• Maintain a healthy weight
  • Exercise regularly
  • Don’t smoke
  • Eat a healthy diet
  • Drink alcohol only in moderation, if at all
  • Protect yourself from the sun
  • Get screening tests

Healthy Weight & Good Nutrition. Less Cancer.

There are several research-proven ways to lower your cancer risk! One way is by maintaining a healthy weight. dadimagineNot sure how to begin? First focus on not gaining more weight, then on eating a healthier diet and exercising to achieve a healthy weight. Ask a health care provider for tips on how to achieve and maintain a healthy weight. Check out these sites for healthy recipe options:

Healthy Father’s Day Recipes

Healthy Heart & Soul Recipe Book

Healthier Recipes – USDA Mixing Bowl

More Exercise. Less Cancer.

Regular exercise – just 30 minutes each day – will lower your risk of developing cancer. Whether you’re running on a treadmill or walking around the block, it all counts. Encourage your whole family to get up and move together. Exercise is especially important for cancer survivors. For some cancers, regular physical activity may lower the risk of recurrence and eliminate the risk of other chronic diseases. Visit http://eatsmartmovemoresc.org and click on Let’s Go! for information on parks and trails, and other resources.

 Fight Cancer. Don’t Smoke.

Smoking is a leading cause of cancer and death from cancer. It causes cancers of the lung, esophagus, larynx, mouth, throat, kidney, bladder, liver, pancreas, stomach, cervix, colon, and rectum, as well as acute myeloid leukemia. Many of the chemicals found in cigarettes have been shown to cause DNA damage, including key genes that protect us against cancer. For cancer patients, studies also find that smoking hinders cancer treatment. For help with smoking, contact the SC Tobacco Quitline.

Lung Cancer

Most cases of lung cancer are caused by smoking. Lung cancer is the leading cause of death from cancer in the U.S. and the leading cause of cancer death in men and women. Three screening tests have been studied to see if they decrease the risk of dying from lung cancer: 1) Low-dose spiral CT scan (LDCT scan), 2) Chest X-ray; and 3) Sputum whitebowcytology. Screening with low-dose spiral CT scans has been shown to decrease the risk of dying from lung cancer in heavy smokers. Screening with chest X-rays and/or sputum cytology does not decrease the risk of dying from lung cancer. Talk with your doctor about the risks of lung cancer screening.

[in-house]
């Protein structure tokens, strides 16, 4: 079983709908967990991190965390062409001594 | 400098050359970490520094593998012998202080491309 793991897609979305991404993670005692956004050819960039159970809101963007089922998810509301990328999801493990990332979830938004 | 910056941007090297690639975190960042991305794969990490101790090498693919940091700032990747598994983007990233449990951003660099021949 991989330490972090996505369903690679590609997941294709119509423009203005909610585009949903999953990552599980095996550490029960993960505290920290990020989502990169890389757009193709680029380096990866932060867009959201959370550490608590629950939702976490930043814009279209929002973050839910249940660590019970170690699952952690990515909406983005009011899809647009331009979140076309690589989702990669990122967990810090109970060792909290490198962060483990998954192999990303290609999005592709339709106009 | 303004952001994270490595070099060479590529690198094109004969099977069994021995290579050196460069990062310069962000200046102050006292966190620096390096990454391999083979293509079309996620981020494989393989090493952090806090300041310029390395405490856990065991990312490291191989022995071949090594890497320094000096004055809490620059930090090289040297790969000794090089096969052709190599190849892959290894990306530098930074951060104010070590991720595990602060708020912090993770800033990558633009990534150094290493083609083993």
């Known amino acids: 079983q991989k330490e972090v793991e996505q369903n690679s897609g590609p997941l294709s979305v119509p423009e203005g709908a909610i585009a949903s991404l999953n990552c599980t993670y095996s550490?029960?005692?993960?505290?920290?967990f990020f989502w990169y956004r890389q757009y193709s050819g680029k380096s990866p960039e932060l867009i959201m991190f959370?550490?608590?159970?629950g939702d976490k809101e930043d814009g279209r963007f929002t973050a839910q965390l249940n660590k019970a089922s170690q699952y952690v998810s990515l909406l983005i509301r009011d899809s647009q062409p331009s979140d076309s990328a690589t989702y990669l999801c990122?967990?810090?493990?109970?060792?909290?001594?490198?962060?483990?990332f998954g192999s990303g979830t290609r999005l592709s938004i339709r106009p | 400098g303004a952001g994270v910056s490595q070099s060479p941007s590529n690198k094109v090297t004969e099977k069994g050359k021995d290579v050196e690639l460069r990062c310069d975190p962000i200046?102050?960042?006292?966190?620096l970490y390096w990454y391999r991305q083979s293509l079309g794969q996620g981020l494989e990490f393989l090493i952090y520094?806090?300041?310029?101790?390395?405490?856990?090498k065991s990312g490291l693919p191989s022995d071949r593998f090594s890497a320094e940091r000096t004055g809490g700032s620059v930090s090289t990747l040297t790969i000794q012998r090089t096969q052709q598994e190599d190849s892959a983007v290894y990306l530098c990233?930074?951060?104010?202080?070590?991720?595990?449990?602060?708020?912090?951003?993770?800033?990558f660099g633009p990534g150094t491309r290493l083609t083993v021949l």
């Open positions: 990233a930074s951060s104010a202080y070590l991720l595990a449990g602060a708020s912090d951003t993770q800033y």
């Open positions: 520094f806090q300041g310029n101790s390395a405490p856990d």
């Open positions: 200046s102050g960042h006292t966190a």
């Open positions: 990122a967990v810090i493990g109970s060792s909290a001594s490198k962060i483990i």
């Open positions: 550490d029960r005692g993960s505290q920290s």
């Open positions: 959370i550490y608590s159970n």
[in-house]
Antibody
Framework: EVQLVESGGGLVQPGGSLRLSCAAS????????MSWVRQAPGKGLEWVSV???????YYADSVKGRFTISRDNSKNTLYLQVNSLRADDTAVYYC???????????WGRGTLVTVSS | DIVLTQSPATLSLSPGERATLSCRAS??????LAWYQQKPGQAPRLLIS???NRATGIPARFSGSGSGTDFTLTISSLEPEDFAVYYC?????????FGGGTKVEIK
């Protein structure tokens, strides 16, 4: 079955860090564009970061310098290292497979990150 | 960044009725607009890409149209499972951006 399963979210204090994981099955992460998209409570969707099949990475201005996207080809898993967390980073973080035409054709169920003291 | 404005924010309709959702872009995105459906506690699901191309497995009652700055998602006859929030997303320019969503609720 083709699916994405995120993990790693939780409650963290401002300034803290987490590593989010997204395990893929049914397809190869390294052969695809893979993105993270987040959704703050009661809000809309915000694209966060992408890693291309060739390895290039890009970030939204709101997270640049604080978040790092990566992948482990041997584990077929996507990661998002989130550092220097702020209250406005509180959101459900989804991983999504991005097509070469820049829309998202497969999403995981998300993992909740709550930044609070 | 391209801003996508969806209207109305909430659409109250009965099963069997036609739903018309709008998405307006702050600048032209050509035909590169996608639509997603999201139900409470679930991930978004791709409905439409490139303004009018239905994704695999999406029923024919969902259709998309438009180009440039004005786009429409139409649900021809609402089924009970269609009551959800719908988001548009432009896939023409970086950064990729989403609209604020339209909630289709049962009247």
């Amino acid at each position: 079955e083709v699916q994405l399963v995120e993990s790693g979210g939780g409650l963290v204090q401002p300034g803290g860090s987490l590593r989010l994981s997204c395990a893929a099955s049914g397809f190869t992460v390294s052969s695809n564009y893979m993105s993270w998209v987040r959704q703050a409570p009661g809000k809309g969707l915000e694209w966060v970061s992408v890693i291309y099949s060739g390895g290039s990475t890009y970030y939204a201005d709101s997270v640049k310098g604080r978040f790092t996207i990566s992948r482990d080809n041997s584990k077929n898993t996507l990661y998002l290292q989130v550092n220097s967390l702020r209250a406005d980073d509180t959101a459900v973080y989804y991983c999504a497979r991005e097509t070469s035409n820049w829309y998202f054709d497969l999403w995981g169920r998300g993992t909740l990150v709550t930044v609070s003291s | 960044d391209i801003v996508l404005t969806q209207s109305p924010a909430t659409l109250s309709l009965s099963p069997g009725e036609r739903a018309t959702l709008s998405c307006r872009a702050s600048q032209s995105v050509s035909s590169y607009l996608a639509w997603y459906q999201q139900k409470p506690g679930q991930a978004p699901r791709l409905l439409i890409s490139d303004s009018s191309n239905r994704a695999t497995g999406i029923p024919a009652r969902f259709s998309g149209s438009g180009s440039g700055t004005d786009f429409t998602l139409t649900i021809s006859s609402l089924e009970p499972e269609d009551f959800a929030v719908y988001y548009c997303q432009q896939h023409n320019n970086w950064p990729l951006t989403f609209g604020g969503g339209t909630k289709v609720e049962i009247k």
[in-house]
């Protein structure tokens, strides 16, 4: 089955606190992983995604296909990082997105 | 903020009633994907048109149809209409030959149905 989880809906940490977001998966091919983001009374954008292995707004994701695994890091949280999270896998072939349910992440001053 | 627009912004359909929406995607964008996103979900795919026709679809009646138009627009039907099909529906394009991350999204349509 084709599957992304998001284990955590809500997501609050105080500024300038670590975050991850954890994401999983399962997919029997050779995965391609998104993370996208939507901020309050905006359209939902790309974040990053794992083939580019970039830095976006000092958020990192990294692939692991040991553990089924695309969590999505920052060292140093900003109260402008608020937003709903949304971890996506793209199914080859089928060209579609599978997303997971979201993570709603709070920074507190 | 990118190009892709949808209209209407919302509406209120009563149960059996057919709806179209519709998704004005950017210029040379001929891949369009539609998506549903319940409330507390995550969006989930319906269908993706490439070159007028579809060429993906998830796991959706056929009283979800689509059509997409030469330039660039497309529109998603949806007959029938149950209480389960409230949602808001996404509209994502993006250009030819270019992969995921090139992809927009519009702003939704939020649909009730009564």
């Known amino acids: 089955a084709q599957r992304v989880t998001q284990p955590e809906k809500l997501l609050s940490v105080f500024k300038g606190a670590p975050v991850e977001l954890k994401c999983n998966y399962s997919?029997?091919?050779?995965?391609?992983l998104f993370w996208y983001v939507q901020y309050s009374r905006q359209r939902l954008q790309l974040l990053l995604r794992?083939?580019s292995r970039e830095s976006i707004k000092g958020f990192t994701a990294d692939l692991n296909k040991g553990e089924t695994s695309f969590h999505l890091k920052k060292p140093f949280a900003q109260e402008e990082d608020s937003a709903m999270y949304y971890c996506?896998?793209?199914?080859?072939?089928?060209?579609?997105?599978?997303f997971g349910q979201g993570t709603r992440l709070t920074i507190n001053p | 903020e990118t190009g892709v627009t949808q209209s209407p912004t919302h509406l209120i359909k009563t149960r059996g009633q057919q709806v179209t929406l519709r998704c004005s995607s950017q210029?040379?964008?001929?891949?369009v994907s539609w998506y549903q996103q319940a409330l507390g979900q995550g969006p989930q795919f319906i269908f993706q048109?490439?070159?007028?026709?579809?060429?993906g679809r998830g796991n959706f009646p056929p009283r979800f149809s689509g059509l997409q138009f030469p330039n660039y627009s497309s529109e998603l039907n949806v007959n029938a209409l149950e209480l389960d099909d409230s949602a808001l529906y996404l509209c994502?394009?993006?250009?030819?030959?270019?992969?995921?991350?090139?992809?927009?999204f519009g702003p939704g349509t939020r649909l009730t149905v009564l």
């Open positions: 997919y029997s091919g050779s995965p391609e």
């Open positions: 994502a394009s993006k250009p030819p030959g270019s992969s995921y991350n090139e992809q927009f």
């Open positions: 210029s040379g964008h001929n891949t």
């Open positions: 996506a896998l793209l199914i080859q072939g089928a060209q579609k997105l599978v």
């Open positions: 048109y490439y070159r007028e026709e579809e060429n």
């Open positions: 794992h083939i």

More Education. Less Cancer.

Prostate Cancer

There is no standard or routine screening test for prostate cancer. Talk with yourbluebow doctor about the digital rectal exam (DRE) and prostate-specific antigen test (PSA) for prostate cancer. The South Carolina Cancer Alliance is a resource for education trainings and opportunities. Visit their website for patient care information and volunteer opportunities.

More Screenings. Less Cancer.dadnote

It is important to remember that your doctor does not necessarily think you have cancer if he or she suggests a screening test. Screening tests are given when you have no cancer symptoms.

Colorectal Cancer

Screenings are essential to catching some cancers early and can help prevent purplebowexisting cancers from spreading. Speak with your doctor about tests to detect colorectal cancer.

Colorectal cancer is the third most common type of non-skin cancer in men (after prostate cancer and lung cancer).

Prevention. Less Cancer

Cancer prevention starts with education, screening, and a healthy lifestyle. Take control of your health, and encourage your family to do the same.

Happy Father’s Day.

Practice sun safety to help avoid skin cancer

As enjoyable as it is to have fun in the sun, it’s important to protect your skin in the midst of that good time.

Skin cancer is the most common cancer in the United States. Most cases of melanoma, the deadliest kind of skin cancer, are caused by exposure to ultraviolet (UV) rays. The Centers for Disease Control and Prevention notes on its website that in order to lower your skin cancer risk, you should protect your skin from the sun and avoid indoor tanning.